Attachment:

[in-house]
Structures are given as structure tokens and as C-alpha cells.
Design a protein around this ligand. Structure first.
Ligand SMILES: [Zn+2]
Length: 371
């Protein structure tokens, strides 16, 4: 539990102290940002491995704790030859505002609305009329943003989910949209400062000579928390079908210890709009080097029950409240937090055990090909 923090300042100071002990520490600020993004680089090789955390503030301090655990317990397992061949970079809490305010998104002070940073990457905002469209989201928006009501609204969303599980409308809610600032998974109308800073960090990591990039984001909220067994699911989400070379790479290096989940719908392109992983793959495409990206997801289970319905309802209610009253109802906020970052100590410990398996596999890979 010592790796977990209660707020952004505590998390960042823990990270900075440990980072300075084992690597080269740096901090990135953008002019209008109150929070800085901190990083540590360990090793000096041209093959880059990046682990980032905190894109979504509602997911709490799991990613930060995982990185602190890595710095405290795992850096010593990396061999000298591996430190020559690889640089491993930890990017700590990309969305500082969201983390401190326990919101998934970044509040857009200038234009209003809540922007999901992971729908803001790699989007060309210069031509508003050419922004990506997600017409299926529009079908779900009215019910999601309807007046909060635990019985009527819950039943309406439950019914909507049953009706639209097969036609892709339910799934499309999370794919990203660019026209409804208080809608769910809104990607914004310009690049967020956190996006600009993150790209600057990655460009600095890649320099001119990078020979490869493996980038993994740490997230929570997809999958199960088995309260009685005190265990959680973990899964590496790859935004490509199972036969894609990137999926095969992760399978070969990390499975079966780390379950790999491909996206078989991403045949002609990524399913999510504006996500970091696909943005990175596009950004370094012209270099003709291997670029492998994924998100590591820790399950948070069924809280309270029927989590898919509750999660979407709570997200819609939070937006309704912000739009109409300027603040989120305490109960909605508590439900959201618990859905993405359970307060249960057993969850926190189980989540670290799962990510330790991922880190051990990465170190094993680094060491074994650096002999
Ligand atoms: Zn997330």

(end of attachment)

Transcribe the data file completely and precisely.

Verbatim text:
[in-house]
Structures are given as structure tokens and as C-alpha cells.
Design a protein around this ligand. Structure first.
Ligand SMILES: [Zn+2]
Length: 371
């Protein structure tokens, strides 16, 4: 539990102290940002491995704790030859505002609305009329943003989910949209400062000579928390079908210890709009080097029950409240937090055990090909 923090300042100071002990520490600020993004680089090789955390503030301090655990317990397992061949970079809490305010998104002070940073990457905002469209989201928006009501609204969303599980409308809610600032998974109308800073960090990591990039984001909220067994699911989400070379790479290096989940719908392109992983793959495409990206997801289970319905309802209610009253109802906020970052100590410990398996596999890979 010592790796977990209660707020952004505590998390960042823990990270900075440990980072300075084992690597080269740096901090990135953008002019209008109150929070800085901190990083540590360990090793000096041209093959880059990046682990980032905190894109979504509602997911709490799991990613930060995982990185602190890595710095405290795992850096010593990396061999000298591996430190020559690889640089491993930890990017700590990309969305500082969201983390401190326990919101998934970044509040857009200038234009209003809540922007999901992971729908803001790699989007060309210069031509508003050419922004990506997600017409299926529009079908779900009215019910999601309807007046909060635990019985009527819950039943309406439950019914909507049953009706639209097969036609892709339910799934499309999370794919990203660019026209409804208080809608769910809104990607914004310009690049967020956190996006600009993150790209600057990655460009600095890649320099001119990078020979490869493996980038993994740490997230929570997809999958199960088995309260009685005190265990959680973990899964590496790859935004490509199972036969894609990137999926095969992760399978070969990390499975079966780390379950790999491909996206078989991403045949002609990524399913999510504006996500970091696909943005990175596009950004370094012209270099003709291997670029492998994924998100590591820790399950948070069924809280309270029927989590898919509750999660979407709570997200819609939070937006309704912000739009109409300027603040989120305490109960909605508590439900959201618990859905993405359970307060249960057993969850926190189980989540670290799962990510330790991922880190051990990465170190094993680094060491074994650096002999
Ligand atoms: Zn997330």